Skype Selfie

Skype Selfie
Here I am in a Skype Selfie during one of my recent Skype Visits. WHAT FUN!! Click on this photo to find out about my school visits on SANDRA MARKLE SPEAKS!

Saturday, January 24, 2015

Teachers Share Using WHAT IF YOU HAD ANIMAL HAIR!? PLUS MORE


I love when teachers post activities or share other ways they're making the most of my books in their classrooms. So I'm delighted to share teacher-developed activities built around one of my newest books, WHAT IF YOU HAD ANIMAL HAIR!?  Plus I'll add my ways to build on these.



Learning to the Core shares a free download where kids are challenged to first choose one of the animals from the book. Next, children are asked to draw a picture of themselves with that animal's hair. Then students research to find out and share more facts about the animal they picked.



FROM ME: I loved when children made masks for WHAT IF YOU HAD ANIMAL TEETH!? to share themselves with their favorite animal's teeth. How about having kids make masks or even costumes to imagine having their favorite animal's hair. It could even be fun to have a party kids attend as their hairy animals. Encourage each to tell one way their hair helps them survive--even thrive--as that animal.



Nancy Vandenberge's First Grade Windows On Wonder shares encouraging students to imagine how having hair like one of the animals in WHAT IF YOU HAD ANIMAL HAIR!? would help them.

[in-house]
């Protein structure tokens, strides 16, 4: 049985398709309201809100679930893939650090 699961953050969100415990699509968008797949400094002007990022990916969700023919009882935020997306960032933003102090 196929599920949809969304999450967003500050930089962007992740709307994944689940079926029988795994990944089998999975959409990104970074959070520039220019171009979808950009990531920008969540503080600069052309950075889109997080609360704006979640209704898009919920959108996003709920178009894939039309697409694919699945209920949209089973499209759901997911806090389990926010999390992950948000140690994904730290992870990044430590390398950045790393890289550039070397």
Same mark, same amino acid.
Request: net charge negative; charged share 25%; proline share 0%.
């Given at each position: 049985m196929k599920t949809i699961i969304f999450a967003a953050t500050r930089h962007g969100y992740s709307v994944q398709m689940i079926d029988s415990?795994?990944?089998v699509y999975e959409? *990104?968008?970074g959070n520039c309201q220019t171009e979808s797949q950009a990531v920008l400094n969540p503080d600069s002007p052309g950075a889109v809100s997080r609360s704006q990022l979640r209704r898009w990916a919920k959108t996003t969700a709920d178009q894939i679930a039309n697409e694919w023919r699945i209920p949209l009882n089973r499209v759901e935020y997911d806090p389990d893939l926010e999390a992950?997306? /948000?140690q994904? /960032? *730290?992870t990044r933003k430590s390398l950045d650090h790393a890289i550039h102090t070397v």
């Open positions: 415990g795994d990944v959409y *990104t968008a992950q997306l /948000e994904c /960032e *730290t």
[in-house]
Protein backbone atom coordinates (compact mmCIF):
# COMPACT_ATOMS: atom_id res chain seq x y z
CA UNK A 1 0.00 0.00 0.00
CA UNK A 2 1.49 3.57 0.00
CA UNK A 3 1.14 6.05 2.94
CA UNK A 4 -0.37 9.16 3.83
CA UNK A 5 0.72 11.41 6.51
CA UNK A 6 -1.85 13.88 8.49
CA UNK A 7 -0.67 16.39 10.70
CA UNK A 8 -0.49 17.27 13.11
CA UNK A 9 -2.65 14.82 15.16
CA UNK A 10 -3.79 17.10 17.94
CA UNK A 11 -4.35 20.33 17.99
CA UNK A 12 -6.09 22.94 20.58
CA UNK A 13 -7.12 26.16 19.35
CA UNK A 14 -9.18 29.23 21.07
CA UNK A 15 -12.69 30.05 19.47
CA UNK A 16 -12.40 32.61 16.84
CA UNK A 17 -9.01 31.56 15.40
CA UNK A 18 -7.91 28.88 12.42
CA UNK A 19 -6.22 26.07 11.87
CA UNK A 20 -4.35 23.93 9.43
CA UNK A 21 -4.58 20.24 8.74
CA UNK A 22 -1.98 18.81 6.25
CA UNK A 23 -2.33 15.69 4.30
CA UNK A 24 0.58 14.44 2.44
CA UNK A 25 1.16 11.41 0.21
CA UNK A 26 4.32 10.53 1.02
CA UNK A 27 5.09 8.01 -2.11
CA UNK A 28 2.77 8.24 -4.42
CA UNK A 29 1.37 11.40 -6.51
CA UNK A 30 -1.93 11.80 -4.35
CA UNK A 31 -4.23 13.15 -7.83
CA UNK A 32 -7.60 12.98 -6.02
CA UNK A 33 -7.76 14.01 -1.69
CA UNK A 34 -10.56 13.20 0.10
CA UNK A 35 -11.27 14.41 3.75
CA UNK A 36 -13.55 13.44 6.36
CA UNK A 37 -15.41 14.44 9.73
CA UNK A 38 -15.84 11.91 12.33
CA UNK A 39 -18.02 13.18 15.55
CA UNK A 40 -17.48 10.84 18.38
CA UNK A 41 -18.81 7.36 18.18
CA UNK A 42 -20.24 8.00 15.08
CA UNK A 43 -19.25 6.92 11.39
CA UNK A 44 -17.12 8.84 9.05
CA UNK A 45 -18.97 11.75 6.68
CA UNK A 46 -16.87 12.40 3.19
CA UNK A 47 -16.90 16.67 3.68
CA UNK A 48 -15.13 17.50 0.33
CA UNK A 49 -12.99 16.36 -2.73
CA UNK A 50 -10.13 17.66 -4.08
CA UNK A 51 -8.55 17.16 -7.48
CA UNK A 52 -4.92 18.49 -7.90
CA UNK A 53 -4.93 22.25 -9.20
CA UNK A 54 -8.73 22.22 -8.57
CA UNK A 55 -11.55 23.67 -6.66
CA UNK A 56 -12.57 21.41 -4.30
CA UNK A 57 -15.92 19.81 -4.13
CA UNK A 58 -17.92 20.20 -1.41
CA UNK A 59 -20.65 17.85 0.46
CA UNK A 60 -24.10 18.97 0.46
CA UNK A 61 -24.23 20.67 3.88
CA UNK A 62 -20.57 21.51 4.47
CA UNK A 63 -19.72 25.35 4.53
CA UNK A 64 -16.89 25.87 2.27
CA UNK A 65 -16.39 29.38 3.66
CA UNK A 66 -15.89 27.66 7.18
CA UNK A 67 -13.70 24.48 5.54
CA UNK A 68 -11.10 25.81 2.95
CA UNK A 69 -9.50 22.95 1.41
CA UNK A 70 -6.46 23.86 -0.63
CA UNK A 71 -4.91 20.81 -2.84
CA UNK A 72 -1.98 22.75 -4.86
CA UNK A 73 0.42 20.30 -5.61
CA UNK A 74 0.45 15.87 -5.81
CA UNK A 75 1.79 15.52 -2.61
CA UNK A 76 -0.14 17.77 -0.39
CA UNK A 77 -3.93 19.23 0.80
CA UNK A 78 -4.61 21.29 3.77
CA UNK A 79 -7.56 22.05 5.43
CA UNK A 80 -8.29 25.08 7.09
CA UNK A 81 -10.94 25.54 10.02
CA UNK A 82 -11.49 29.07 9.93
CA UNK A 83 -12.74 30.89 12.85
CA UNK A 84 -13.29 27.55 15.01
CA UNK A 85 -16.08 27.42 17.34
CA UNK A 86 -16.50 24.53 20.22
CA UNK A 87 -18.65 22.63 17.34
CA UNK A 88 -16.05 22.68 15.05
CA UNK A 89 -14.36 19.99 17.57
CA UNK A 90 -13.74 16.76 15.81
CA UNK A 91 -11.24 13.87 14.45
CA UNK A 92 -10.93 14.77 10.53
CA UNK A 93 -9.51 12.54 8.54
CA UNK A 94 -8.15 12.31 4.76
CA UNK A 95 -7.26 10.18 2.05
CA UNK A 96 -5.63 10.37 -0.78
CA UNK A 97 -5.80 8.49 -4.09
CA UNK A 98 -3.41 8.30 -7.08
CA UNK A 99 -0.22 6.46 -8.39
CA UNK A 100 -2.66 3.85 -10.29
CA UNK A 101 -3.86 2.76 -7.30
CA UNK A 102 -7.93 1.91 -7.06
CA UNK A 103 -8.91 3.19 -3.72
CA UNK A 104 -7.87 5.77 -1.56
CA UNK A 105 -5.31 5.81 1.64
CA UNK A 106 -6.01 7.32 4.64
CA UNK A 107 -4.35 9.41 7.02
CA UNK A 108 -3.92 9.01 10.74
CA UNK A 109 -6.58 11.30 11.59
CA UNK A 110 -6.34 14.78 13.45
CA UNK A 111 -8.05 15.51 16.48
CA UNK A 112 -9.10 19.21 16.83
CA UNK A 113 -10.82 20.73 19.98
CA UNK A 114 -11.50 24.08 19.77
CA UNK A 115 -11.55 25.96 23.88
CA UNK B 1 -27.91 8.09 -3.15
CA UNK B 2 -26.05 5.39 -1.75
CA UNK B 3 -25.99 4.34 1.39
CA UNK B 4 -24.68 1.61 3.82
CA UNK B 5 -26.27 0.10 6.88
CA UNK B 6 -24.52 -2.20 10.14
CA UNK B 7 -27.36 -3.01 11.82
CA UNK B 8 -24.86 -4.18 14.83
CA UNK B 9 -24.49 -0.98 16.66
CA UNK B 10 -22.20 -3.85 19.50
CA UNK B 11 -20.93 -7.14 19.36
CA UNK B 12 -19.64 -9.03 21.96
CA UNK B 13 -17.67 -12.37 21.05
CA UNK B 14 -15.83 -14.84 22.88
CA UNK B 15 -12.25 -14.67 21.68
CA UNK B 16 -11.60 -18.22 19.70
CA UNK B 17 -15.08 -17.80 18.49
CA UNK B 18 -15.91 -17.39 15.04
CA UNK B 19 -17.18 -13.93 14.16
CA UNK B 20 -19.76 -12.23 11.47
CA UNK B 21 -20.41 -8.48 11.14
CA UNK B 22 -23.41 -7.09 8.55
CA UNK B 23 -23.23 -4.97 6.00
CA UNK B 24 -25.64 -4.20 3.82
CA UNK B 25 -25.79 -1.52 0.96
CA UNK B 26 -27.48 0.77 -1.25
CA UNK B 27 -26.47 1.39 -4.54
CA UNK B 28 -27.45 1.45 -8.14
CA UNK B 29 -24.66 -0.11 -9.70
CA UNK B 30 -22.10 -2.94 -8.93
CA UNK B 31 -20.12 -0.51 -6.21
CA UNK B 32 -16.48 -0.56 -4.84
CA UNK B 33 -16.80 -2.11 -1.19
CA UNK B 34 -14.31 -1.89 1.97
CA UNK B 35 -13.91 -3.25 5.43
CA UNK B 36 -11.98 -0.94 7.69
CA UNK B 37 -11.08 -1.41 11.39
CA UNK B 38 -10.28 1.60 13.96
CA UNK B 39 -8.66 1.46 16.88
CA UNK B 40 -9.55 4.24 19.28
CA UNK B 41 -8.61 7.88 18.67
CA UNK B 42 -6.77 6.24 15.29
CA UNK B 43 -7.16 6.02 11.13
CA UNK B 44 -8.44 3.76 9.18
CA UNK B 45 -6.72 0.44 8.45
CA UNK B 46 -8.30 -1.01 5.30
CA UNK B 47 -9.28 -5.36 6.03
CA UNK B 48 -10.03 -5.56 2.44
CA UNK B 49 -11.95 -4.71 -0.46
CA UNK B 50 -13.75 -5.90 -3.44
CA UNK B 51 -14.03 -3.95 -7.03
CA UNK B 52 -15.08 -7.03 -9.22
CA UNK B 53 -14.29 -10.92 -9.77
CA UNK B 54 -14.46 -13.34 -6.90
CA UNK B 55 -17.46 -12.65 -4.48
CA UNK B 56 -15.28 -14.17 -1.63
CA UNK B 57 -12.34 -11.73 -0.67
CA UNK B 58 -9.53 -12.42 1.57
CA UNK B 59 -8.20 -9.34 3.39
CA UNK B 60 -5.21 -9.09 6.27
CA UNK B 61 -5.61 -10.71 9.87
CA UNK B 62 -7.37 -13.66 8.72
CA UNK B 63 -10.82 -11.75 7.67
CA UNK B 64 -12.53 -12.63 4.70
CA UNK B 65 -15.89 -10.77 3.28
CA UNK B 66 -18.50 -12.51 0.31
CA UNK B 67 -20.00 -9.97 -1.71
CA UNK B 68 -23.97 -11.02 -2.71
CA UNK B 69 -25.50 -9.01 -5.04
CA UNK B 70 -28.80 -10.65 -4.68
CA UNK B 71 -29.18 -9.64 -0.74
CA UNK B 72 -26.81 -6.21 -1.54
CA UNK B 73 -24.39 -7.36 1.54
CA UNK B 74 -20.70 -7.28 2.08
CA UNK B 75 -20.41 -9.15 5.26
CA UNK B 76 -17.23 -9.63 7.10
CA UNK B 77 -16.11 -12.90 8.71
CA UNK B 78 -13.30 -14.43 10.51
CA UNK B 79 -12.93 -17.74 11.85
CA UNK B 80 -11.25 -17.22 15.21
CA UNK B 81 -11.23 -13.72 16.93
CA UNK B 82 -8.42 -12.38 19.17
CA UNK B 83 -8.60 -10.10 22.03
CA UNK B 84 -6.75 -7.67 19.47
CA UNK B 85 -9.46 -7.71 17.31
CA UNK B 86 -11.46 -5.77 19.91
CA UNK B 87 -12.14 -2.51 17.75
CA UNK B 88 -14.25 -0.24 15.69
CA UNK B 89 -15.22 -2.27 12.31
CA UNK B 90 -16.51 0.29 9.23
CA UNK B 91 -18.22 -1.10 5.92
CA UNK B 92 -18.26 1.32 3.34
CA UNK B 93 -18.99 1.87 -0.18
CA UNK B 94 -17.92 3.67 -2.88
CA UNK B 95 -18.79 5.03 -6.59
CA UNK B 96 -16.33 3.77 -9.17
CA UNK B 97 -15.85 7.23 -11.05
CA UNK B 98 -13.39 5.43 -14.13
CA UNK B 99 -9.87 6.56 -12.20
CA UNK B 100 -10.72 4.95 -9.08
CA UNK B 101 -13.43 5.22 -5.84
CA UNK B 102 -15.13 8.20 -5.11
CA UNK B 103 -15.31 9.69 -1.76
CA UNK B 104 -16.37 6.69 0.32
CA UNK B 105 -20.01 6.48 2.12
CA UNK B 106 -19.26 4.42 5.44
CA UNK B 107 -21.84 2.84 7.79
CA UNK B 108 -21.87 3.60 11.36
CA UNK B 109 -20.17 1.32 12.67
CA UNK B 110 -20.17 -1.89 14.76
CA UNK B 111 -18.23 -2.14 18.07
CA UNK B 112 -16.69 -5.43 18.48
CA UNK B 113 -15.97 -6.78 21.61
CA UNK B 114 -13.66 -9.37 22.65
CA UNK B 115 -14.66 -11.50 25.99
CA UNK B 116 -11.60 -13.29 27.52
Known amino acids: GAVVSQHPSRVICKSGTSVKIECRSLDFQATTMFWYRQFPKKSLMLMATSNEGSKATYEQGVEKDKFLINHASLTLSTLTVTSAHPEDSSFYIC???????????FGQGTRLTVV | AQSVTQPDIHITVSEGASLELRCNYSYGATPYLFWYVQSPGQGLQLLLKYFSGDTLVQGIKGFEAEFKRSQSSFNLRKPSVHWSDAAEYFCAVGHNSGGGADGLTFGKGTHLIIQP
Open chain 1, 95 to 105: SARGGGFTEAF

FROM ME: I'd love children to imagine their entire family having hair like their favorite animal from WHAT IF YOU HAD ANIMAL HAIR!?

  • How would family grooming change?
  • How might this effect how the family is viewed by the neighbors?
  • How might having this hair even change what activities the family does together?




Practickle.com offers an idea for WHAT IF YOU HAD ANIMAL TEETH!? for third-graders that will work just as well for WHAT IF YOU HAD ANIMAL HAIR!? It's which animal's hair would you least like to have? And why?  


First Grade Fairytales points out--It's a great way to get kids writing their opinions. Just push them to give more than one reason to really get them thinking. 





FROM ME: Third-graders could imagine giving the animal whose hair they'd least like to have a makeover. What would they do to improve that animal's hair color? Length? Special features?

How could a makeover change a three-toed sloth?

Then challenge kids to imagine how such a makeover is likely to change how that animal lives, including how it stays safe, what it eats, and how it hangs out with others of its own kind.



And EVEN MORE!
Could a tiger do as well with any other color or kind of hair?


Have your class decide to add on to WHAT IF YOU HAD ANIMAL HAIR!? Then work as a class or in small groups to choose at least three more animals to include in the book. Use the book's format to first tell something key about that animal's hair and how it helps the animal. Next, have each child brainstorm how having that kind of animal hair might be helpful. Or just plain fun!






Imagine animals in the book being able to trade hair with another animal. Then think about how that would change that animal. And how it would change how they live.  For example, what if a star-nosed mole had porcupine hair?  Or a polar bear had zebra hair?

Or what if a polar bear had reindeer hair?

Now, start brainstorming activities for what's coming soon--

WHAT IF YOU HAD ANIMAL FEET!?

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